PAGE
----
It seems like, all of a sudden, one the most safe, famous and beatiful aircraft, the B747-400, has been experiencing (age?) problems. On Jul 29, a B744 (747-400) of the Cathay Pacific Airways, flying from New York to Hong Kong via Vancouver with 363 passengers, performed an emergency landing in Vancouver, as an external panel suffered an unspecified damage (it is not clear whether it separated from the fuselage or not yet). The episode happened just a few days after another B747-400, operated by Qantas Airways, was forced to make an emergency landing in Manila after suffering a hole in the fuselage and the subsequent decompression of the cabin during a flight from Hong Kong to Melbourne.
The B744 has one of the best safety rates ever achieved by an airliner and despite some minor problems (and a near w/o damage – the one of the Qantas -400ER “VH-OJH” that, as QF1, on Sept. 23 1999, overran the runway at Bangkok International – that returned to service as the most expensive repair in the history of aviation), only 3 out of 631 747-400 built, were written off by accidents:
On Nov. 4, 1993, a China Airlines B747-409 skidded off the wet runway at Kai Tak airport in Hong Kong and ended up in the waters of the Hung Hom Bay. All of the 396 on board escaped safely.
On Aug. 5 1998, a Korean 744 slid off the Kimpo International Airport at Seoul. 395 peopel on board and 0 fatalities.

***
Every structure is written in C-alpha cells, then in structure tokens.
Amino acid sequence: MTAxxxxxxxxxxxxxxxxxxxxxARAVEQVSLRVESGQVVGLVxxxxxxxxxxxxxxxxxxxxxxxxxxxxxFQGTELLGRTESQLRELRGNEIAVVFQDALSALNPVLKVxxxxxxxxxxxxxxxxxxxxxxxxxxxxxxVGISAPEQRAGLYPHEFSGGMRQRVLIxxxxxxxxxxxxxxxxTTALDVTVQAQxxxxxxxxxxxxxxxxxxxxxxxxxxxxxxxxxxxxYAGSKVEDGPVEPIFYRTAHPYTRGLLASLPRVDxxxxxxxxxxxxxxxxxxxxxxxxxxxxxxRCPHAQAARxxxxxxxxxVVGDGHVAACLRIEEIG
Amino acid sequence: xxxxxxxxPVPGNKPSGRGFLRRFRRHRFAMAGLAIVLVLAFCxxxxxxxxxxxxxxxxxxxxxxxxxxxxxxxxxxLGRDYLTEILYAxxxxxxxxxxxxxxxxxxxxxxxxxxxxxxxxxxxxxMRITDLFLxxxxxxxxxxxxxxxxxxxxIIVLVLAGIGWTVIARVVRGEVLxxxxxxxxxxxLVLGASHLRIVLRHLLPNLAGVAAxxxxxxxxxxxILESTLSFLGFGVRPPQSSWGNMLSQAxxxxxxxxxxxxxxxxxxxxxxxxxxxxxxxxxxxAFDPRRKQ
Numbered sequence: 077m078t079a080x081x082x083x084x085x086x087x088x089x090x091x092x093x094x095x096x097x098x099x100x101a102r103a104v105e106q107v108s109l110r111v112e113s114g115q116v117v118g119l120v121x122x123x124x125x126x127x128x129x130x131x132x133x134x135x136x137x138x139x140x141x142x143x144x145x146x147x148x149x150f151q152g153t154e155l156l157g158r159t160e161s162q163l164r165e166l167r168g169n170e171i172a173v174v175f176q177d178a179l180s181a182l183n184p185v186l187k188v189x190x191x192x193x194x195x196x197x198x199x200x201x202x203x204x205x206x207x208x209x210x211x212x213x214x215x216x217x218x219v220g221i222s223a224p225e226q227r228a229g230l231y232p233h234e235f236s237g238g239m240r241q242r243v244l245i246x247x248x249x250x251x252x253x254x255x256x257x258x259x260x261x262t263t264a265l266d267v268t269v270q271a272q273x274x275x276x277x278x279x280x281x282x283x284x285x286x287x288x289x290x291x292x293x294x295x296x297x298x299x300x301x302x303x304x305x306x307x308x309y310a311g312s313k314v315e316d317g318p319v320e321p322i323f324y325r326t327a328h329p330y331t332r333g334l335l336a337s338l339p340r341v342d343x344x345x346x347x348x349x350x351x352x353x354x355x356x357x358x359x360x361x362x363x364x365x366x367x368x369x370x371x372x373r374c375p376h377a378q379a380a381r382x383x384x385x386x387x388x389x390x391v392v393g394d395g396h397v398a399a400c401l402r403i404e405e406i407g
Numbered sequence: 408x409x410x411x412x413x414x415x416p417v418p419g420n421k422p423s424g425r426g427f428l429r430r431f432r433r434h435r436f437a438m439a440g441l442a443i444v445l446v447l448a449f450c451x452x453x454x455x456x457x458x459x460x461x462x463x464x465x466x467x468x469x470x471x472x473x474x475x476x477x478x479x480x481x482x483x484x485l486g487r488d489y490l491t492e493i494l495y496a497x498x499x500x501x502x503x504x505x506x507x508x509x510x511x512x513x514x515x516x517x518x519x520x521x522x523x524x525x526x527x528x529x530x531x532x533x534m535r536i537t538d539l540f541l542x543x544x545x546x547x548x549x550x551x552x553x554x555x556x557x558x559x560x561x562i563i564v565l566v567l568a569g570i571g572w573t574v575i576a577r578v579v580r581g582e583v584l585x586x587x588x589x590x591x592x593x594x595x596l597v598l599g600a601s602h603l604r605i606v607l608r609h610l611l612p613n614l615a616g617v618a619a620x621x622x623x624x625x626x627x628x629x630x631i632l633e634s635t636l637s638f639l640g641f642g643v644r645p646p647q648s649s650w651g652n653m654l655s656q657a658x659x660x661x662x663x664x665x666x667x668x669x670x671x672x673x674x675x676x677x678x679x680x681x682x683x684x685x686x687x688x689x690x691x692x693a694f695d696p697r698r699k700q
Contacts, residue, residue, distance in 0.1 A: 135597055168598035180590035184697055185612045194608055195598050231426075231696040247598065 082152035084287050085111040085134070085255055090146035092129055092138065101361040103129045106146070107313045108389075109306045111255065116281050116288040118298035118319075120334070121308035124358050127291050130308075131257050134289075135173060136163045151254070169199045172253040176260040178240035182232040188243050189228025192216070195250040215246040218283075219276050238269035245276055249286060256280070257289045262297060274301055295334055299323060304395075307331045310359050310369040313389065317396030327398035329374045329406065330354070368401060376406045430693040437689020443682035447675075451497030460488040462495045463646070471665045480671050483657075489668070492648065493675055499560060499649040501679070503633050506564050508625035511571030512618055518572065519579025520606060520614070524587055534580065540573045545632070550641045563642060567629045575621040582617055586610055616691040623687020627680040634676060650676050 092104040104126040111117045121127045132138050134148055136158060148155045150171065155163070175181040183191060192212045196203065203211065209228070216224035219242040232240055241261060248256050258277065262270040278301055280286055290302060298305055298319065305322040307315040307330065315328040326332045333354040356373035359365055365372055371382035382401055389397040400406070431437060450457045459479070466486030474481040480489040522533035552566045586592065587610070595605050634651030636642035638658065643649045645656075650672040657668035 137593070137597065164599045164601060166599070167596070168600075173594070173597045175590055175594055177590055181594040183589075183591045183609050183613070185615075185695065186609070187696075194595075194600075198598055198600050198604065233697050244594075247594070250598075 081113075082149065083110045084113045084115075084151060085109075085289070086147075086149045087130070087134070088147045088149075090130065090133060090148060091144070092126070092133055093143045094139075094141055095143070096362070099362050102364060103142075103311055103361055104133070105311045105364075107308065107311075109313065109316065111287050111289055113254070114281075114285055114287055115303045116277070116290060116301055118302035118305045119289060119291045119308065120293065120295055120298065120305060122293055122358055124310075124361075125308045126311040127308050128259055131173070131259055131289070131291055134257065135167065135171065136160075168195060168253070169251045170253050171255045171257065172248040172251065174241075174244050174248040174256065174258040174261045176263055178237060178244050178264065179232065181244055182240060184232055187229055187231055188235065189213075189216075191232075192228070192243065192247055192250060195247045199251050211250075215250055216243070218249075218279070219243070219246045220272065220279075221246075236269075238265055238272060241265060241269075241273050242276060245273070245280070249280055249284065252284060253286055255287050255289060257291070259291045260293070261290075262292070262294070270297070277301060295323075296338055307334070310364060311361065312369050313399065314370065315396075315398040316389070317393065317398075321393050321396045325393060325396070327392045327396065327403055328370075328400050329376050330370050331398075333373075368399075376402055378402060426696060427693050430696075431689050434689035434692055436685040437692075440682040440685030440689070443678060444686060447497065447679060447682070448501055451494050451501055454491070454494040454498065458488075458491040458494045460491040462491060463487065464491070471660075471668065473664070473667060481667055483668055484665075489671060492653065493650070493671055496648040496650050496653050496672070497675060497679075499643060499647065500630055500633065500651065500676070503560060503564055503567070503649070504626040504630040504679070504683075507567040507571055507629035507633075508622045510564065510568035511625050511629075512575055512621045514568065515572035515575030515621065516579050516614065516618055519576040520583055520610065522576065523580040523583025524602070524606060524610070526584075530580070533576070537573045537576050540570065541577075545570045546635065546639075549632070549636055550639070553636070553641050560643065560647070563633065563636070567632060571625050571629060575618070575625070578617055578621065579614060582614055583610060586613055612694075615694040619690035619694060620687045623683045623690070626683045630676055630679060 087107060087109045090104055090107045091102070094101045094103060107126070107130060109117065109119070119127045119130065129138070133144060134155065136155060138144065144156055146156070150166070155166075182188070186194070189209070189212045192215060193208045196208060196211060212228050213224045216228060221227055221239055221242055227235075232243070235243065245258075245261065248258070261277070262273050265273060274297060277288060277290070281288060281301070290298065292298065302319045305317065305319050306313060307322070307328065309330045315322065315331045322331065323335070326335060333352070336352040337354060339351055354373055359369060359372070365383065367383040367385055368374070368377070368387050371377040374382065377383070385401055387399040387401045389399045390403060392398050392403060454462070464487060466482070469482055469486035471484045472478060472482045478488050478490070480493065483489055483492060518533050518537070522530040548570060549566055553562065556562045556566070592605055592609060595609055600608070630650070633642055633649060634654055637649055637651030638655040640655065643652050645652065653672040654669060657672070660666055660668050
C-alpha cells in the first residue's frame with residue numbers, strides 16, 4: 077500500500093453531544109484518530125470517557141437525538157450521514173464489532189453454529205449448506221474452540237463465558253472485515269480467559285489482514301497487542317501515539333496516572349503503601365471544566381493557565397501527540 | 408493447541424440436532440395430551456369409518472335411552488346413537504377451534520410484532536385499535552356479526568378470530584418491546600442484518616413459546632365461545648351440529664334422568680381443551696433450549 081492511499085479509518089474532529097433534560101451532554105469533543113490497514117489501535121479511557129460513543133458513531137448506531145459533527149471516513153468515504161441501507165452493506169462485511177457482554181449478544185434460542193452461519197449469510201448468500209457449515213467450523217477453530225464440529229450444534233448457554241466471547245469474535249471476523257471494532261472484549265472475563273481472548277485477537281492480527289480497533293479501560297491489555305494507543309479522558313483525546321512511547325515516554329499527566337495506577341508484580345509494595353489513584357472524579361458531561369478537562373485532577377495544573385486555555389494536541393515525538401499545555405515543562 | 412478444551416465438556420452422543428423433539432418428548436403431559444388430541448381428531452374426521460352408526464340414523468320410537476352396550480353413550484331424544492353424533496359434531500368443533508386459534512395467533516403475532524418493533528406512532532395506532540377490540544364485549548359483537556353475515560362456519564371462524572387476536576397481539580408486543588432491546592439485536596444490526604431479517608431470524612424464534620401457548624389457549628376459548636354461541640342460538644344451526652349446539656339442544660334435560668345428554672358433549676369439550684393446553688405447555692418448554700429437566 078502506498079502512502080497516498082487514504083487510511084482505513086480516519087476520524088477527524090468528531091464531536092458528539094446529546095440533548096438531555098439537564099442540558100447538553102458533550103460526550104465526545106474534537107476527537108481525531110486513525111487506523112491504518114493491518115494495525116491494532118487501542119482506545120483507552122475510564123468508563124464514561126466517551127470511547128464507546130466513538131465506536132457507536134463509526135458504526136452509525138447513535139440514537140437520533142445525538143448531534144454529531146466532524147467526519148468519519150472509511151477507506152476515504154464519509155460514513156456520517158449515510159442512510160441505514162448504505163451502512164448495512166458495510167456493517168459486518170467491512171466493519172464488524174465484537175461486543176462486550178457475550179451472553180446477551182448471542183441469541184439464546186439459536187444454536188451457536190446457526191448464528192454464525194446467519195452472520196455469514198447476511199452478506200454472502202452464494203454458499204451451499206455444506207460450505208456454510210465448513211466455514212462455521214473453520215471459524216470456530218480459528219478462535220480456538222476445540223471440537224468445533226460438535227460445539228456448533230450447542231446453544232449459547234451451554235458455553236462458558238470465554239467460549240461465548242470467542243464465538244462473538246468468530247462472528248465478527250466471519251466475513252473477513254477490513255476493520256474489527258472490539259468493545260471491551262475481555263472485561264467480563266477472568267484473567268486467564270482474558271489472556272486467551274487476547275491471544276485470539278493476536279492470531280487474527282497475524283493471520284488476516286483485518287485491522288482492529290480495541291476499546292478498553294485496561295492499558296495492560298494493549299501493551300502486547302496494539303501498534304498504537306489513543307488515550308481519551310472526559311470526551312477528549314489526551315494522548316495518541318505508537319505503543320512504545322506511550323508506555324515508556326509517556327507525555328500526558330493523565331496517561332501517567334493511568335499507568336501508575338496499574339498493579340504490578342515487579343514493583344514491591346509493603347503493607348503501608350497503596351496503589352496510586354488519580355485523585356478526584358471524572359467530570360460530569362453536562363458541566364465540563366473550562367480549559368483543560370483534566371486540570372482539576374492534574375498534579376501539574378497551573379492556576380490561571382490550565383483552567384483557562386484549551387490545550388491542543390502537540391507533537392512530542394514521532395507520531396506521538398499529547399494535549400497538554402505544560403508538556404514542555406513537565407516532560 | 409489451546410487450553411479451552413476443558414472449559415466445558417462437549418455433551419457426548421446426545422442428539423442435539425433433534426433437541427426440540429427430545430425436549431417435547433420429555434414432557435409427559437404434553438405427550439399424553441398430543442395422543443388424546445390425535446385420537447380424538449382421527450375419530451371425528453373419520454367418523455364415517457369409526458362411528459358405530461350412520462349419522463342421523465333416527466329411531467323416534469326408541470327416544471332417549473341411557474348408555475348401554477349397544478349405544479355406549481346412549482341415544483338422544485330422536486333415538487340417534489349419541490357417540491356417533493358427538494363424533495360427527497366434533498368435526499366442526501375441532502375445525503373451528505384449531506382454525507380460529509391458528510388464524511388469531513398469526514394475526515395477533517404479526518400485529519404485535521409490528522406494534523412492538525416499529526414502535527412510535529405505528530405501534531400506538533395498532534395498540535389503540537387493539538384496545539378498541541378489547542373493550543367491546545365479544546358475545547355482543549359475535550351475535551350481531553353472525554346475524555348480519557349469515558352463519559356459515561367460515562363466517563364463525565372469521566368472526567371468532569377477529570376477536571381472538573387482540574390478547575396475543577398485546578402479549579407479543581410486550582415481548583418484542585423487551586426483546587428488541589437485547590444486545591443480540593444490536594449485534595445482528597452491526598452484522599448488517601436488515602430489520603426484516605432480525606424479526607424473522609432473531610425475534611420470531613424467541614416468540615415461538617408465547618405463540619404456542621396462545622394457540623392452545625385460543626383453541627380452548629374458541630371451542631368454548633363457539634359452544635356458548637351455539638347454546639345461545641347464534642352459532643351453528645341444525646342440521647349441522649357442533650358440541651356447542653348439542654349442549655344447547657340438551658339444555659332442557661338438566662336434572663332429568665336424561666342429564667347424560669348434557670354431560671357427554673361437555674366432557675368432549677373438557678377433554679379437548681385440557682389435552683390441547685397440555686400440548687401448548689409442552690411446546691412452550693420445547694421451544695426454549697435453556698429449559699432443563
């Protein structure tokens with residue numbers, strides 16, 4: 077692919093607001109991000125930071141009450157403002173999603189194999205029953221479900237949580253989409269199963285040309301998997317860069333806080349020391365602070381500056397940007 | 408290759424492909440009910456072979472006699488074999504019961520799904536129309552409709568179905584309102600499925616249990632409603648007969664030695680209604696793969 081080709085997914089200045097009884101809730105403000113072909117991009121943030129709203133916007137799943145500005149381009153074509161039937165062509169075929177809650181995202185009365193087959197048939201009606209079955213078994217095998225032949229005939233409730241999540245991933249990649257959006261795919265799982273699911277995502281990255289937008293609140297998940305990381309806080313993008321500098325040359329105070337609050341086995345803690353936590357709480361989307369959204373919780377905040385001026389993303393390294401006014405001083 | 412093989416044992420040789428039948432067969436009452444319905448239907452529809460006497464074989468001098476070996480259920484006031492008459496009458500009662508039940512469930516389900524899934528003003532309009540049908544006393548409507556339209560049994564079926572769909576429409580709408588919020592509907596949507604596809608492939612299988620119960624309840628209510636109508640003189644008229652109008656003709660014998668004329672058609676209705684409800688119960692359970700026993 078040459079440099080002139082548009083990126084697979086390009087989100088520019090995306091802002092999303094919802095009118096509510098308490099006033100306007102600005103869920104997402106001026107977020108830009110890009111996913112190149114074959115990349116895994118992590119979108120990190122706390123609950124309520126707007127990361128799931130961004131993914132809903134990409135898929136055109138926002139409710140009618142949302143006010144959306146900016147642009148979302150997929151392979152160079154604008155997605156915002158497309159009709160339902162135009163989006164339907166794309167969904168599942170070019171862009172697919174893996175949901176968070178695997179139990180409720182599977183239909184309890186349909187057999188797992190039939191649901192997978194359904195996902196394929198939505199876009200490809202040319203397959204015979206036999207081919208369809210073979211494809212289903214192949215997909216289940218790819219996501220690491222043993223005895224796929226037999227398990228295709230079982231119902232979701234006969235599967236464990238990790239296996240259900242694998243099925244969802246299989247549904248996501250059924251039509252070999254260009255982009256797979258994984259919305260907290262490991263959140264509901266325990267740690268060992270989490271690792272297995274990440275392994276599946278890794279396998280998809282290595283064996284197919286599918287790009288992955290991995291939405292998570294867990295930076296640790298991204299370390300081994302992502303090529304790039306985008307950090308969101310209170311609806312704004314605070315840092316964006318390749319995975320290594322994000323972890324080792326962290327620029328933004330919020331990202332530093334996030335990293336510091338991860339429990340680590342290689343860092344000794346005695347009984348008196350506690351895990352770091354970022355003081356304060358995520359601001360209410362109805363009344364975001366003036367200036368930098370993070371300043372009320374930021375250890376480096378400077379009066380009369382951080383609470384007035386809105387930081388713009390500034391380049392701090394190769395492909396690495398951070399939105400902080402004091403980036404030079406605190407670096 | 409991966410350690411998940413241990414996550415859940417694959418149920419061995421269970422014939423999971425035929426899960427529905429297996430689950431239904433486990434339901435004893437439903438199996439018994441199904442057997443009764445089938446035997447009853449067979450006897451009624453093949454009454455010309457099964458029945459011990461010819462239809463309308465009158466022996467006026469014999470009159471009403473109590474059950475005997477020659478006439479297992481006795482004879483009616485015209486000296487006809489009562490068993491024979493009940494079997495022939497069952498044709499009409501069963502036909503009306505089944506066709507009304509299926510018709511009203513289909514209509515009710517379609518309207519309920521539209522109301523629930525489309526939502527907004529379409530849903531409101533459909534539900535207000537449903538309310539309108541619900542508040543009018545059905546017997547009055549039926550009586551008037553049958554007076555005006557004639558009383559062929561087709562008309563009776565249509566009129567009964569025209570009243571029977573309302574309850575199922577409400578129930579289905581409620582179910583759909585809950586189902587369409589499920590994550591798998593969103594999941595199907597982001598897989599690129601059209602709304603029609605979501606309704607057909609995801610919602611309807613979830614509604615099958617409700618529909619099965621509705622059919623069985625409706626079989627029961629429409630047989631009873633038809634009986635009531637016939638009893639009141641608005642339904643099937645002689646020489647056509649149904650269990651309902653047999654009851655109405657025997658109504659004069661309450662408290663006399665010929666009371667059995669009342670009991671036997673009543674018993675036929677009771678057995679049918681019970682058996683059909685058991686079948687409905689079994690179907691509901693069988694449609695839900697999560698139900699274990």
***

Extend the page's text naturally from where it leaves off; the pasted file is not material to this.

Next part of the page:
On Oct. 31 2000 a Singapore Airlines 747-400 taking off from from Taipei Chang Kai Shek airport in Taiwan under bad weather conditions took the wrong runway (05R instead on 05L) and hit equipment used for the contrusction work crashing back onto the runway causing 83 fatalities out ot the 179 people on board.
Dealing with the whole 747 fleet in all versions (1358 in total), the records are slightly worse than the average but in part because the Jumbo was soon targeted by terrorists attacks.
The 747-400 flew for the first time 20 years ago and even if it can’t be considered a new aircraft (it is largerly based on a 40 years old concept), it is not even an obsolete aircraft. I think that there is not a particular reason for the number of failures the -400 fleet is experiencing in the last period (don’t forget the QF2 loss of electric power some months ago) even if age could be a contributing factor. However, it is not a rule that obsolete aircraft have always more problems than younger ones. During the first period, you could discover a series of glitches that will be fixed and will not affect the same aircraft decades later.
As sometimes happens in aviation, there are some periods in which a certain number of problems occur to the same kind of aircraft. Do you remember the 777 (engine) problems that were widely discussed in this site? You can call it coincidence or bad luck but, in my opinion, an airplane is not a car and does not begin to give problems just after it is no longer covered under your warranty.